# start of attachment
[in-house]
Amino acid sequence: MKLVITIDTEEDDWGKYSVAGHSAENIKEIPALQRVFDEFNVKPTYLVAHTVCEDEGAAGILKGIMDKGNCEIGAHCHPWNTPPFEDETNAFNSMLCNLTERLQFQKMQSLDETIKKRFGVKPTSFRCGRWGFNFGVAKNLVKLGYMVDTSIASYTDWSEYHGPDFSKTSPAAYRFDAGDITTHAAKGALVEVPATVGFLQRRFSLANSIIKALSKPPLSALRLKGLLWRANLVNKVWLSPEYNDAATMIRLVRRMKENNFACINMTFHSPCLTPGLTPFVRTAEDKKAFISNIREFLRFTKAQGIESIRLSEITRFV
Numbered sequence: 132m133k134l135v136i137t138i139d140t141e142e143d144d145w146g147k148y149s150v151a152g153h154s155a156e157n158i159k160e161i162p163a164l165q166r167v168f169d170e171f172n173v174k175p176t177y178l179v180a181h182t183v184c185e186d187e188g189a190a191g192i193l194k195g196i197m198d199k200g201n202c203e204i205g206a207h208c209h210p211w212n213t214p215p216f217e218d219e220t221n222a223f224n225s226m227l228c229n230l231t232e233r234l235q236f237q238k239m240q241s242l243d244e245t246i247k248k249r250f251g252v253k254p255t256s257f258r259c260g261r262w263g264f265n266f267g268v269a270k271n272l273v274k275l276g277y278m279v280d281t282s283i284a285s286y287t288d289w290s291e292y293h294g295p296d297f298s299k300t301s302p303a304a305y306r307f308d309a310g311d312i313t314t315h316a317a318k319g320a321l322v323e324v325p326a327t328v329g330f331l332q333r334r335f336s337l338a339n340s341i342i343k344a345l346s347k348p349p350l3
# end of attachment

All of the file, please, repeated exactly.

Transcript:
[in-house]
Amino acid sequence: MKLVITIDTEEDDWGKYSVAGHSAENIKEIPALQRVFDEFNVKPTYLVAHTVCEDEGAAGILKGIMDKGNCEIGAHCHPWNTPPFEDETNAFNSMLCNLTERLQFQKMQSLDETIKKRFGVKPTSFRCGRWGFNFGVAKNLVKLGYMVDTSIASYTDWSEYHGPDFSKTSPAAYRFDAGDITTHAAKGALVEVPATVGFLQRRFSLANSIIKALSKPPLSALRLKGLLWRANLVNKVWLSPEYNDAATMIRLVRRMKENNFACINMTFHSPCLTPGLTPFVRTAEDKKAFISNIREFLRFTKAQGIESIRLSEITRFV
Numbered sequence: 132m133k134l135v136i137t138i139d140t141e142e143d144d145w146g147k148y149s150v151a152g153h154s155a156e157n158i159k160e161i162p163a164l165q166r167v168f169d170e171f172n173v174k175p176t177y178l179v180a181h182t183v184c185e186d187e188g189a190a191g192i193l194k195g196i197m198d199k200g201n202c203e204i205g206a207h208c209h210p211w212n213t214p215p216f217e218d219e220t221n222a223f224n225s226m227l228c229n230l231t232e233r234l235q236f237q238k239m240q241s242l243d244e245t246i247k248k249r250f251g252v253k254p255t256s257f258r259c260g261r262w263g264f265n266f267g268v269a270k271n272l273v274k275l276g277y278m279v280d281t282s283i284a285s286y287t288d289w290s291e292y293h294g295p296d297f298s299k300t301s302p303a304a305y306r307f308d309a310g311d312i313t314t315h316a317a318k319g320a321l322v323e324v325p326a327t328v329g330f331l332q333r334r335f336s337l338a339n340s341i342i343k344a345l346s347k348p349p350l3